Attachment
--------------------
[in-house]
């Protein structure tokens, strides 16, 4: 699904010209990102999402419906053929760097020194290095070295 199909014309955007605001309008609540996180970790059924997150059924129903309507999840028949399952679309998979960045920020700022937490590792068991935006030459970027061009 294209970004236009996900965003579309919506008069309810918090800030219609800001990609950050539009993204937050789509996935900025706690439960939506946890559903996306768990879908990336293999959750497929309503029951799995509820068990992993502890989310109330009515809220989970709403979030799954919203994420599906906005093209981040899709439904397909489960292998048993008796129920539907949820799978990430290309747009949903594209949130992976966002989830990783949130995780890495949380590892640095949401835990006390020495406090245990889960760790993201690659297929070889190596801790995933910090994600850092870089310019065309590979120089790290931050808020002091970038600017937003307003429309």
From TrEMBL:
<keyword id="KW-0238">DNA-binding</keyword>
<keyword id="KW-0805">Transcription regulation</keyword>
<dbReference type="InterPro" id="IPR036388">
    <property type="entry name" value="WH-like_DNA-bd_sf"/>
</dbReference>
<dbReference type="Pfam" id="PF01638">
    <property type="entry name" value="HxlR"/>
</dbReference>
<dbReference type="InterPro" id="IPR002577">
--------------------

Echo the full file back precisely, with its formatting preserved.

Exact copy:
[in-house]
């Protein structure tokens, strides 16, 4: 699904010209990102999402419906053929760097020194290095070295 199909014309955007605001309008609540996180970790059924997150059924129903309507999840028949399952679309998979960045920020700022937490590792068991935006030459970027061009 294209970004236009996900965003579309919506008069309810918090800030219609800001990609950050539009993204937050789509996935900025706690439960939506946890559903996306768990879908990336293999959750497929309503029951799995509820068990992993502890989310109330009515809220989970709403979030799954919203994420599906906005093209981040899709439904397909489960292998048993008796129920539907949820799978990430290309747009949903594209949130992976966002989830990783949130995780890495949380590892640095949401835990006390020495406090245990889960760790993201690659297929070889190596801790995933910090994600850092870089310019065309590979120089790290931050808020002091970038600017937003307003429309």
From TrEMBL:
<keyword id="KW-0238">DNA-binding</keyword>
<keyword id="KW-0805">Transcription regulation</keyword>
<dbReference type="InterPro" id="IPR036388">
    <property type="entry name" value="WH-like_DNA-bd_sf"/>
</dbReference>
<dbReference type="Pfam" id="PF01638">
    <property type="entry name" value="HxlR"/>
</dbReference>
<dbReference type="InterPro" id="IPR002577">